A very simple and noob question, sorry for this.(adsbygoogle = window.adsbygoogle || []).push({});

Looking at http://en.wikipedia.org/wiki/Perpendicular I found that two lines are perpendicular if and only if the product of their slopes is -1.

If I have two lines described by the following equations:

y = ax + b

g = cx + d

then they're perpendicular if ac = -1 right? Okay...

What's the explanation for this? How do I conclude that they're only perpendicular if and only if the product of their slopes is -1?

Just another little question: the slope of a line is the tangent of the angle between the line and the x-axis? that's right?

Thank you

**Physics Forums - The Fusion of Science and Community**

The friendliest, high quality science and math community on the planet! Everyone who loves science is here!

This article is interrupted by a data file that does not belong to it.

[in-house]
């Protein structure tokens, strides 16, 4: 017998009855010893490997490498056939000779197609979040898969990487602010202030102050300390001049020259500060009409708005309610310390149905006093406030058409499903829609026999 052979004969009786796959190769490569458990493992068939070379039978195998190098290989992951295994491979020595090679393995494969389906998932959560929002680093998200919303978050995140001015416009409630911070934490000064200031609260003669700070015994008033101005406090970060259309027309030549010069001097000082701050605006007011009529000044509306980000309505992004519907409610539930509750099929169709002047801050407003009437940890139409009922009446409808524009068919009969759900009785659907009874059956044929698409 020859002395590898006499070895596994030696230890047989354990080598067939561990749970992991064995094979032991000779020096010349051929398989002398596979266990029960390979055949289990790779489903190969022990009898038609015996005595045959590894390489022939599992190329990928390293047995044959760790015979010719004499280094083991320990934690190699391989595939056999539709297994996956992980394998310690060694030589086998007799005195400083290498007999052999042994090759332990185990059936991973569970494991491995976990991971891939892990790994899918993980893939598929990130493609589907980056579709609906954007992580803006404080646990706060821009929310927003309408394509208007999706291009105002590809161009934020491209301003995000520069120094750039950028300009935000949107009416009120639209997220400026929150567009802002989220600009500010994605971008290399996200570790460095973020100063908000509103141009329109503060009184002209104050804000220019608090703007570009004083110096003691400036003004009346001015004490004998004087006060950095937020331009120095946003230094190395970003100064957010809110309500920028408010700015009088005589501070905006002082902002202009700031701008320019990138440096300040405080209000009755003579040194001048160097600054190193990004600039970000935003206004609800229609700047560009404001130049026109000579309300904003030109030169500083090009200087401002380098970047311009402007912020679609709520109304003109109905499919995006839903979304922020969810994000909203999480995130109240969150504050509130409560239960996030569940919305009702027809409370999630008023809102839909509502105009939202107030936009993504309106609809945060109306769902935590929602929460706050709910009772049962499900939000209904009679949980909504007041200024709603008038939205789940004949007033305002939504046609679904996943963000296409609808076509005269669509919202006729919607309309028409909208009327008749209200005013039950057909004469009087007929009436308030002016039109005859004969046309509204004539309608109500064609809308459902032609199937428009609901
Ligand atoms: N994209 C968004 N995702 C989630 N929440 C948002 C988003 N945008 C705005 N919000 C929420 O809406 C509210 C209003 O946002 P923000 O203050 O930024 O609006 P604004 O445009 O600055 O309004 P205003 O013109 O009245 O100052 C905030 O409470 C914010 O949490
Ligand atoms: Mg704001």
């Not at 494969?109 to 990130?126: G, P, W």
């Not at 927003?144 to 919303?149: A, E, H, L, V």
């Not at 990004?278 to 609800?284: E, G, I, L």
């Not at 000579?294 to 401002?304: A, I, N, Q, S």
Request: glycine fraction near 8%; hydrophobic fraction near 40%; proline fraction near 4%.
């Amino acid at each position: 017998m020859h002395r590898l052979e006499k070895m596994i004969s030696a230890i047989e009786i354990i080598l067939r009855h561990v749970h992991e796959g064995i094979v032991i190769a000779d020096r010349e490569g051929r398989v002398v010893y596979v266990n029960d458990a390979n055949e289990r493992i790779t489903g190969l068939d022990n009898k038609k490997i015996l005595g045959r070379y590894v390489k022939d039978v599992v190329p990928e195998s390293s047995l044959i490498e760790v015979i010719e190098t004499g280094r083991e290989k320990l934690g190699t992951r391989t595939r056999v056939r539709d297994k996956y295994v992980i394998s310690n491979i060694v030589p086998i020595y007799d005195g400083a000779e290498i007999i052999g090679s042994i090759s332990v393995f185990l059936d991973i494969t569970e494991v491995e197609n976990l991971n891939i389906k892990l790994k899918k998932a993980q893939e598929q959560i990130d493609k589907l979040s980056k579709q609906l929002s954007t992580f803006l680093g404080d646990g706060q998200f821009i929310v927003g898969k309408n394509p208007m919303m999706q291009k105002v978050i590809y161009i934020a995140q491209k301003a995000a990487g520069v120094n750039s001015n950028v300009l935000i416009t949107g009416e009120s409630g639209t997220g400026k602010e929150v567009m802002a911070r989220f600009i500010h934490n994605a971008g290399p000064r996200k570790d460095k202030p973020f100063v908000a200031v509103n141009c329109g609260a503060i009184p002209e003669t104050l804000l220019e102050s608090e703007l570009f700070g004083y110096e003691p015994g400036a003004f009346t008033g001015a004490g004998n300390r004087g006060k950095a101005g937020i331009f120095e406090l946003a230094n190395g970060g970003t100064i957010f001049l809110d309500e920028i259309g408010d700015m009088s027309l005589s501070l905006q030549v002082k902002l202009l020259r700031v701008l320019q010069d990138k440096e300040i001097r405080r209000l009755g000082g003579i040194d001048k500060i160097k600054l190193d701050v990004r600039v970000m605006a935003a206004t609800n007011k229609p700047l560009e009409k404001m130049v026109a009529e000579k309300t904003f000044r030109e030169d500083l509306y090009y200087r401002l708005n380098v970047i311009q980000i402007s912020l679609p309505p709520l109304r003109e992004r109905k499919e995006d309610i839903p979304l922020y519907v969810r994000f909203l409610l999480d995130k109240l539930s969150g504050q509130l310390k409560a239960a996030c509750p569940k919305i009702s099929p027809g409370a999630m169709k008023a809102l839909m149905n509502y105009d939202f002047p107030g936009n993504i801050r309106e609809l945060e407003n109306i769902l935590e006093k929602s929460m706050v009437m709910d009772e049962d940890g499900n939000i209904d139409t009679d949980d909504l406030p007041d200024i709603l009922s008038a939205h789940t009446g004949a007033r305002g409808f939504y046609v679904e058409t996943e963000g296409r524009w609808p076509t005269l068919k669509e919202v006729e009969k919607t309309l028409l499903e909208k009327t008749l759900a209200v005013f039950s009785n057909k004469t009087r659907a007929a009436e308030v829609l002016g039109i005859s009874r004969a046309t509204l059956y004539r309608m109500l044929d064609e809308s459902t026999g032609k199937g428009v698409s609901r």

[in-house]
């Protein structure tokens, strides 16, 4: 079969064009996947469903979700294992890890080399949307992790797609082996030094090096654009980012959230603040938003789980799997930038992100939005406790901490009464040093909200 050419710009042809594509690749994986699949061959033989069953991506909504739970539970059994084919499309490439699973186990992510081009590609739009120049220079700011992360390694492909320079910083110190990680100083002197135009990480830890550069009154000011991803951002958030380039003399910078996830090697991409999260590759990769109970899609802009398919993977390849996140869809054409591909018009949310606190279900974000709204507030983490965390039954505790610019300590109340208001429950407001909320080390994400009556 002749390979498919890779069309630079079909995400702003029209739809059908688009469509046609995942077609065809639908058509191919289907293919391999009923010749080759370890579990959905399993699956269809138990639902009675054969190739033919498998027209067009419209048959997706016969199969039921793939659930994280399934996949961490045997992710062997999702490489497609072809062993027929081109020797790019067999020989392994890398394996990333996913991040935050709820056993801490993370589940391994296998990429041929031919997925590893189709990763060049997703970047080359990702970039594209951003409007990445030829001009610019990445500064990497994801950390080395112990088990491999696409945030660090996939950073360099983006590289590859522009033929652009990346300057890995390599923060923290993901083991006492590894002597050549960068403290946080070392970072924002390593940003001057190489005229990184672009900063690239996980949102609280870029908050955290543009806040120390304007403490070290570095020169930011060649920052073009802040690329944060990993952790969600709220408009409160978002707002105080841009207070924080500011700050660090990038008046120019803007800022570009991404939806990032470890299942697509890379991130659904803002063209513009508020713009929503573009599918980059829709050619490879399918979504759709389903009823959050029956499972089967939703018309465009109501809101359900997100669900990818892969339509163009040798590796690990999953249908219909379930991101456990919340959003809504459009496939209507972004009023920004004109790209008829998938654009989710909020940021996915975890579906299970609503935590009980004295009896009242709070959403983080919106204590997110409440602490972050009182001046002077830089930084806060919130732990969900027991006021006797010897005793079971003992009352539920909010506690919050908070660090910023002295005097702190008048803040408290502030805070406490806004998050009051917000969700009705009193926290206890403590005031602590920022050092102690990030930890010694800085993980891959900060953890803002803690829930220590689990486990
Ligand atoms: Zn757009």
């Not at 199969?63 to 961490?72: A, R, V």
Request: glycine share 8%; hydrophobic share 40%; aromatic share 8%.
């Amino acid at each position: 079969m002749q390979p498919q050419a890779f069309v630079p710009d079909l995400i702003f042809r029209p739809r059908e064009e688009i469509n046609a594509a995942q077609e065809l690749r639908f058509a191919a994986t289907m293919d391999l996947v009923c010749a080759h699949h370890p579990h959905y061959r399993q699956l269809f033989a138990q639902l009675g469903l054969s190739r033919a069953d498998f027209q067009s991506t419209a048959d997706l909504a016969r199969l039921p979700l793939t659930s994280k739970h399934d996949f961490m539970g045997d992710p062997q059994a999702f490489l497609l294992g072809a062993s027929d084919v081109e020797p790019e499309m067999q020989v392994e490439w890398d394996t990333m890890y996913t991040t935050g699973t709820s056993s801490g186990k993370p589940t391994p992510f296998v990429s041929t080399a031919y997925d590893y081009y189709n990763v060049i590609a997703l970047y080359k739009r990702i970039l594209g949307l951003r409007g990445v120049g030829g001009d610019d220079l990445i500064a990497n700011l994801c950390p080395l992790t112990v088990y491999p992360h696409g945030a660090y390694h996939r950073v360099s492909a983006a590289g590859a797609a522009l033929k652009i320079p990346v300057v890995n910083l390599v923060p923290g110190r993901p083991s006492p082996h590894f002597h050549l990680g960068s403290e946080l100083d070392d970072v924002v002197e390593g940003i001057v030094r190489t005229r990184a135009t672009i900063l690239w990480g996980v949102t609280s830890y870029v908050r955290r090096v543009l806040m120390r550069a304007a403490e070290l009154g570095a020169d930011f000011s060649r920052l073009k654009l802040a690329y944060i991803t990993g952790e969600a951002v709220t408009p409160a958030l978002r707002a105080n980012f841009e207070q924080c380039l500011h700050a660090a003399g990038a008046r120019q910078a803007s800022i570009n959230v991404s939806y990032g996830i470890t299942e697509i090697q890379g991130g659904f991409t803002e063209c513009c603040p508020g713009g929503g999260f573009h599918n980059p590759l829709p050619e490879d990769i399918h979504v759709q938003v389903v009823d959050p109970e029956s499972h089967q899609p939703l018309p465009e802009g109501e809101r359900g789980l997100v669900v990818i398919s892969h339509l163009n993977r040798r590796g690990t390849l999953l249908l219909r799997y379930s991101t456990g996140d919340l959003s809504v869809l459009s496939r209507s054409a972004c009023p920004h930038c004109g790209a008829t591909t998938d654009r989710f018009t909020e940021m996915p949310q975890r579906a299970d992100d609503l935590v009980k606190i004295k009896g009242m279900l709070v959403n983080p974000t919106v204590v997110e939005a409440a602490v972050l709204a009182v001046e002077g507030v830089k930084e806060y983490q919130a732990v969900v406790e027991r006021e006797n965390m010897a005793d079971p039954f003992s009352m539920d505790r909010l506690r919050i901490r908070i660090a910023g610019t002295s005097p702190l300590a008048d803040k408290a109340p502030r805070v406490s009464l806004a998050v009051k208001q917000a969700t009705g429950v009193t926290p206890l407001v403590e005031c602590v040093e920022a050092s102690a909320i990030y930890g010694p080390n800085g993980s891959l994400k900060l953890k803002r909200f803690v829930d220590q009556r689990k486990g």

# Perpendicular lines

Loading...

Similar Threads - Perpendicular lines | Date |
---|---|

I Why on Earth's surface, longitudinal or merediance lines are perpendicular to equatorial line? | Apr 12, 2016 |

Skew and perpendicular lines? | Oct 22, 2015 |

Mapping 3D point to cone surface using perpendicular line | Oct 15, 2014 |

Slope of the perpendicular line on the other line | Apr 9, 2014 |

Perpendicular lines | Jan 26, 2004 |

**Physics Forums - The Fusion of Science and Community**